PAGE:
Snakes in Oklahoma: A Guide to the Venomous and Non-Venomous Species

Oklahoma may not be the first place that comes to mind when you think of snakes, but the state is home to a variety of fascinating snake species. Some of these snakes are harmless and even beneficial to the ecosystem, while others should be approached with caution. In this guide, we’ll explore both the venomous and non-venomous snakes of Oklahoma, providing you with valuable information to help you understand and appreciate these slithering creatures.

From the notorious Western Diamondback Rattlesnake to the harmless and colorful Eastern Hognose Snake, Oklahoma is home to a diverse range of snake species. While encountering a venomous snake can be a cause for concern, it’s important to remember that these creatures play a vital role in the ecosystem. So whether you’re a snake enthusiast or simply curious about the snakes of Oklahoma, join us as we dive into the world of these fascinating reptiles.

Venomous Snakes in Oklahoma

Oklahoma is home to several species of venomous snakes, which can pose a threat to humans and animals. It’s important to be aware of these snakes and understand how to identify them in order to minimize the risk of encounters and potential snake bites.

Here are some of the venomous snakes you may encounter in Oklahoma:

  • Western Diamondback Rattlesnake: This is the largest venomous snake in Oklahoma, with a distinct diamond pattern on its back and a rattling tail.
  • Timber Rattlesnake: Also known as the Canebrake Rattlesnake, this snake has a series of dark bands on its body and a rattle on its tail.
  • Prairie Rattlesnake: This species can be found in western and central Oklahoma, and it has a series of dark blotches on its body and a rattle on its tail.
  • Copperhead: The Copperhead has a distinctive copper-colored head and a series of hourglass-shaped bands on its body.
  • Cottonmouth: Also known as the Water Moccasin, the Cottonmouth has a bulky body, a dark coloration, and a white mouth.

If you encounter any of these venomous snakes in Oklahoma, it’s important to give them a wide berth and avoid any attempts to handle or disturb them. If you or someone you know is bitten by a venomous snake, seek immediate medical attention and try to keep the affected person calm and still.

Remember, prevention is key when it comes to venomous snakes. Be cautious when exploring natural areas, watch where you step or place your hands, and be mindful of the surroundings. By educating yourself about the venomous snakes in Oklahoma, you can better protect yourself and appreciate the wildlife in the state.

Non-Venomous Snakes in Oklahoma

Oklahoma is home to a variety of non-venomous snakes that are harmless to humans. These snakes play an important role in maintaining a balanced ecosystem and are often misunderstood or feared. Here are some non-venomous snakes you may encounter in Oklahoma:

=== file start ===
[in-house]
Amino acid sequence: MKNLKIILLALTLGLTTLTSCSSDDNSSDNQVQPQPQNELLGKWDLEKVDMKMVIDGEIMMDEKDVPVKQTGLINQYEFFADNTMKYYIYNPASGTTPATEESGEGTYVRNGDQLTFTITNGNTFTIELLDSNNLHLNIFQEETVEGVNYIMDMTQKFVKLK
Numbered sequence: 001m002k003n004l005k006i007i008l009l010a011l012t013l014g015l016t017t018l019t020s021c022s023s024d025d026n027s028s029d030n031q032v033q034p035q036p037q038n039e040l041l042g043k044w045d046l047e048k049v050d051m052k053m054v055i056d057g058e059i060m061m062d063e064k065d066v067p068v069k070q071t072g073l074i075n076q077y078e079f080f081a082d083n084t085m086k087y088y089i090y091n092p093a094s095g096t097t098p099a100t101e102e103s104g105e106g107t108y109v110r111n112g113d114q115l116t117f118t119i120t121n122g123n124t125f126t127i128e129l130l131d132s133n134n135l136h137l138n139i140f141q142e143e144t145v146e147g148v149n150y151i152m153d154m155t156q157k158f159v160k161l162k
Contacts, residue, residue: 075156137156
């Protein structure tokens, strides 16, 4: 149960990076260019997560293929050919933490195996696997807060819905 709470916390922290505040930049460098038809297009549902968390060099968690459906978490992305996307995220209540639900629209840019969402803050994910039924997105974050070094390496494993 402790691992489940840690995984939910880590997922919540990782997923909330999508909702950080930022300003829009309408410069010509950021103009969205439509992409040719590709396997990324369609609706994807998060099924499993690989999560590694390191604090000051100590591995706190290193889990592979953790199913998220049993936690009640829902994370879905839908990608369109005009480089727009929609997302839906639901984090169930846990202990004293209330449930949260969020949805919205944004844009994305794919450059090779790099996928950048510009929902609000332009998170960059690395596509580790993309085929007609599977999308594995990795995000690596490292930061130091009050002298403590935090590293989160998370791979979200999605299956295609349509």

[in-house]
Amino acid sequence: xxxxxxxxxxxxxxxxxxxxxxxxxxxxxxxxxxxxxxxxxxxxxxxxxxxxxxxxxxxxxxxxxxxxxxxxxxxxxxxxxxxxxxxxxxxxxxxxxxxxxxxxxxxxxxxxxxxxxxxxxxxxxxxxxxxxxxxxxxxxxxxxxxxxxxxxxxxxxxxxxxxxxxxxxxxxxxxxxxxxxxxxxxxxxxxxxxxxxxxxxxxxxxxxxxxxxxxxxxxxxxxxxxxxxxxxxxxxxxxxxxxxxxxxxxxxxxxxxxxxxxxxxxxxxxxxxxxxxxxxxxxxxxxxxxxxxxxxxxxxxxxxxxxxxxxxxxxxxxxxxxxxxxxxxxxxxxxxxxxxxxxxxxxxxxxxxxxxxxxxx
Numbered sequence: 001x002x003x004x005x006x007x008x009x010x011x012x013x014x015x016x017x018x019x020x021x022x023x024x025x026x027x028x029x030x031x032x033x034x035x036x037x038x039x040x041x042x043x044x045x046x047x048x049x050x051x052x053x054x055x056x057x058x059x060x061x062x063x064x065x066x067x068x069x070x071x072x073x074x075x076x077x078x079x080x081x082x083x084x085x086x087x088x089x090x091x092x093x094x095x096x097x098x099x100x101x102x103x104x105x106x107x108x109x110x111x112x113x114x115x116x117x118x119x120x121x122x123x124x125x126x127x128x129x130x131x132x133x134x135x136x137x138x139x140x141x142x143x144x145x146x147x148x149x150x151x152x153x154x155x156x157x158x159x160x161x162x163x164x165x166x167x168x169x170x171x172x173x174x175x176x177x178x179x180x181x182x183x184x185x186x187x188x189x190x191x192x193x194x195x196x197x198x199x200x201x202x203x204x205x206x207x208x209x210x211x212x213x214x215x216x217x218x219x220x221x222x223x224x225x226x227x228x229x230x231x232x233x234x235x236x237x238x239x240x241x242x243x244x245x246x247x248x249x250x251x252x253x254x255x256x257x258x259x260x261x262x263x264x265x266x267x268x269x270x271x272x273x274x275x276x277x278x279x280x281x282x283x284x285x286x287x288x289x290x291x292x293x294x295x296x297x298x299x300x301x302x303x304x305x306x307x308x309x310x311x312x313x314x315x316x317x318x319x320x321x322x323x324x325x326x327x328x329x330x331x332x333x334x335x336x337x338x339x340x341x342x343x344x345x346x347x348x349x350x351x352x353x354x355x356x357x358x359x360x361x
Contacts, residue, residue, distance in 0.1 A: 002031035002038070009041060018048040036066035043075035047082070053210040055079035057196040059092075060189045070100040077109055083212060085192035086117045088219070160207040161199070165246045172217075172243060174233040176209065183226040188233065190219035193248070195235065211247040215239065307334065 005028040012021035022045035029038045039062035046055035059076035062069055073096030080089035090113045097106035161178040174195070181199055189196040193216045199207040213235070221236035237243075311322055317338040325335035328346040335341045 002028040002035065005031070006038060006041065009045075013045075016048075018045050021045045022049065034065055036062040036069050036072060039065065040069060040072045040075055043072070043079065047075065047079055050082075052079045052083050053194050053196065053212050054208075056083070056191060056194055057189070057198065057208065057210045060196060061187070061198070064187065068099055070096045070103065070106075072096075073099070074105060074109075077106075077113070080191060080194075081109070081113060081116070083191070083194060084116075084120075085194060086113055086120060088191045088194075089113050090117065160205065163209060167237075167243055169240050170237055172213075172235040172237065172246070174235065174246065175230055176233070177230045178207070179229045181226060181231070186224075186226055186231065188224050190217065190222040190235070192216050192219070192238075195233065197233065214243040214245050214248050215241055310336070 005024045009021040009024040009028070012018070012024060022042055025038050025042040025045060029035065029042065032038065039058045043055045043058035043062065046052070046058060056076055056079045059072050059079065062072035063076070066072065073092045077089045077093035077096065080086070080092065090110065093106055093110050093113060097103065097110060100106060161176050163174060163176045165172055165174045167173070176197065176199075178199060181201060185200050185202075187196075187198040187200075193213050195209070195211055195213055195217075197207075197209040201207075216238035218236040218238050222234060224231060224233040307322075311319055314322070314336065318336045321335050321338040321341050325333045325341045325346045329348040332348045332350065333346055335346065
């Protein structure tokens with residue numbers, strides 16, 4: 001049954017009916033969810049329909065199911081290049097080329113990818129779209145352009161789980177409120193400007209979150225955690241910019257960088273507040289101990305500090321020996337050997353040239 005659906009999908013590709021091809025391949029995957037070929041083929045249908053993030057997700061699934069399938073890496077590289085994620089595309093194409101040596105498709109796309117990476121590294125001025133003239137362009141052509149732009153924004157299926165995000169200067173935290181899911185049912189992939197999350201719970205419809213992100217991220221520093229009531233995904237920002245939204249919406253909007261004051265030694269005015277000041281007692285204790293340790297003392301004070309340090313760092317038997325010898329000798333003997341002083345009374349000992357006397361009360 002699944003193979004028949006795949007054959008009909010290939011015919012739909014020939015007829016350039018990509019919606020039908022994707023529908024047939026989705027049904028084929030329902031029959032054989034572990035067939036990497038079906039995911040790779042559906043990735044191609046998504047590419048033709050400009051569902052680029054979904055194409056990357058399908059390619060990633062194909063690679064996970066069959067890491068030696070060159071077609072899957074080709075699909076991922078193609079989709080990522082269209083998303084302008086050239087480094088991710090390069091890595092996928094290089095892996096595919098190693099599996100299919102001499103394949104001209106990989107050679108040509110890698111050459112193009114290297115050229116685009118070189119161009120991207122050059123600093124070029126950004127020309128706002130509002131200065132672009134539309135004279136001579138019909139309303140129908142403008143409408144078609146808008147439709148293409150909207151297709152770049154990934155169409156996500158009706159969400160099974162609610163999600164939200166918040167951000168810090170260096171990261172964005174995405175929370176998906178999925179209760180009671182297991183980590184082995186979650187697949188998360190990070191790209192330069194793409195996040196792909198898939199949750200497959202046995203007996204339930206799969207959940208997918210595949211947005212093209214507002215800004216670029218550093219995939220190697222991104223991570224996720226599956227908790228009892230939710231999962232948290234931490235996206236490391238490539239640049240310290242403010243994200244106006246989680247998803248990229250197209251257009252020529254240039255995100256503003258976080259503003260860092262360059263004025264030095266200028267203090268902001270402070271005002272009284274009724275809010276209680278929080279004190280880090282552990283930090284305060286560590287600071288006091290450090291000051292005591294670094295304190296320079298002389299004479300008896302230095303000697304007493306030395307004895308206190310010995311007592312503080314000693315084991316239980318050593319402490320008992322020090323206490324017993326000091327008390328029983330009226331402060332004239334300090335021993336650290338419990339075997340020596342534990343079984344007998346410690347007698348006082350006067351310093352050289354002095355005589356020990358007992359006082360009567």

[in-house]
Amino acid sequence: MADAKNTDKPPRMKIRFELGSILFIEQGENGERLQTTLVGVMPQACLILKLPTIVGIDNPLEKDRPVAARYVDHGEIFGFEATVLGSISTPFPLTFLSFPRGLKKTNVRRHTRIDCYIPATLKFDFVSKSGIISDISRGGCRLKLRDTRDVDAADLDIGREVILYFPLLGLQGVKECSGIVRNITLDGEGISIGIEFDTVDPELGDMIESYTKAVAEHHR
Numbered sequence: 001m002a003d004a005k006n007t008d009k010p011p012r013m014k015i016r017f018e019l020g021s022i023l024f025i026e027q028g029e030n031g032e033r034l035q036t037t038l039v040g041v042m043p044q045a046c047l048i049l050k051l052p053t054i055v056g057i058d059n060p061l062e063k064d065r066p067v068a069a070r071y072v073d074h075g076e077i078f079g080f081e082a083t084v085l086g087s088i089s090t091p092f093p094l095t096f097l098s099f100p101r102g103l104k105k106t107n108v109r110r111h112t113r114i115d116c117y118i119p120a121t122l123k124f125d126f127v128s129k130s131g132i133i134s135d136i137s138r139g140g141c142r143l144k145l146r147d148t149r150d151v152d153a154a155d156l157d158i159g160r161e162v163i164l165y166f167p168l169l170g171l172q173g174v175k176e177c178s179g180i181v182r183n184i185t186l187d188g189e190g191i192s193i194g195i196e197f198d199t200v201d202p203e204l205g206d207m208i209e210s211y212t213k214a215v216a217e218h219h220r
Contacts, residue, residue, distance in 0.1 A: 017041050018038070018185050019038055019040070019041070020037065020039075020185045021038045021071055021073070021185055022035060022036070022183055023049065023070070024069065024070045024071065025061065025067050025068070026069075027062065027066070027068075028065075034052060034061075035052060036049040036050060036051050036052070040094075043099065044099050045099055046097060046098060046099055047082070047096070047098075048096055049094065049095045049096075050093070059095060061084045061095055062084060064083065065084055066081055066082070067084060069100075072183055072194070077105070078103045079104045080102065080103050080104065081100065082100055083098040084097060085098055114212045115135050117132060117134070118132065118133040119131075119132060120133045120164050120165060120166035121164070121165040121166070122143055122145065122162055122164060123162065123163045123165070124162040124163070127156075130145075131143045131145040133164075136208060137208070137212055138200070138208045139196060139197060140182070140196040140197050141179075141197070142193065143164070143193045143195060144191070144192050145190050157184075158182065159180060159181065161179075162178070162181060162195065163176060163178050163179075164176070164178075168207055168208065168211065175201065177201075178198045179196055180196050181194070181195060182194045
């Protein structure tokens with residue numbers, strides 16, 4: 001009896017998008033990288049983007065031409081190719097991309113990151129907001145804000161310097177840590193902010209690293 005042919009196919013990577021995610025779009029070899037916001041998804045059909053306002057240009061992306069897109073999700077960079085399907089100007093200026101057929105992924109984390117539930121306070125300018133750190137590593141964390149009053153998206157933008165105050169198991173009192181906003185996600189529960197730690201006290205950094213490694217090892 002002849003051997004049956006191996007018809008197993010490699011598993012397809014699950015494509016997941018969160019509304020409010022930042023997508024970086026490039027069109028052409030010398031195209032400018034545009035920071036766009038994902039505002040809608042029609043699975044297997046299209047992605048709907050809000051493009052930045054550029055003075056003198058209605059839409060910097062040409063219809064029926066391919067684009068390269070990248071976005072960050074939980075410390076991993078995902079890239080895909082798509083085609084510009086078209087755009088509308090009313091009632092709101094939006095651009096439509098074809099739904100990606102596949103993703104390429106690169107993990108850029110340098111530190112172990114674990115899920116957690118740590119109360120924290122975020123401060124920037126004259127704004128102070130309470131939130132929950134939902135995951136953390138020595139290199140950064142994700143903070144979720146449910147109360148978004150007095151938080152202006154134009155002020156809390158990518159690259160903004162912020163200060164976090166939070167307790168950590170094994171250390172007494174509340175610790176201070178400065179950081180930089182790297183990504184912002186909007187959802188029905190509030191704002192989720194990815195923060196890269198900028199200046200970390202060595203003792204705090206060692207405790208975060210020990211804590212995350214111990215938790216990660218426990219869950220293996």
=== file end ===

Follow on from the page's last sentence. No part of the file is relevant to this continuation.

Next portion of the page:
• Eastern Hognose Snake: The Eastern Hognose Snake is known for its dramatic defensive displays, such as flattening its neck to appear larger or playing dead. It can be found in a variety of habitats, including forests, fields, and prairies.
  • Rat Snake: Rat Snakes are large, non-venomous snakes that are excellent climbers. They are skilled hunters and are known for their ability to control rodent populations. Rat Snakes are often found in barns, sheds, and other structures where they can easily access prey.
  • Black Rat Snake: The Black Rat Snake is a subspecies of the Rat Snake and is often found near water sources, such as rivers or lakes. It is a powerful constrictor and feeds on rodents, birds, and eggs.
  • Garter Snake: Garter Snakes are commonly found throughout Oklahoma and are known for their distinct striped patterns. They are harmless to humans and feed on a variety of prey, including small rodents, amphibians, and fish.
  • Coachwhip Snake: The Coachwhip Snake is a fast and agile snake known for its impressive speed and ability to climb trees. It can be found in a variety of habitats, including grasslands, sand dunes, and shrublands.
  • Western Ribbon Snake: The Western Ribbon Snake is a slender snake with a distinctive yellow or white stripe down its back. It is often found near water and feeds on small fish, frogs, and insects.

It is important to remember that even though these snakes are non-venomous, it is always best to observe them from a distance and avoid handling them. Snakes play a vital role in the ecosystem and should be respected and protected.


Snakes in Oklahoma are a diverse group of reptiles, with both venomous and non-venomous species found throughout the state. It’s important to be aware of the different species and their characteristics to ensure your safety and the safety of others.

Remember, if you encounter a snake, it’s best to admire it from a safe distance and not to disturb or provoke it. Most snakes in Oklahoma are non-venomous and play an important role in the ecosystem by controlling rodent populations. By understanding and respecting snakes, we can coexist with these fascinating creatures in our natural environment.

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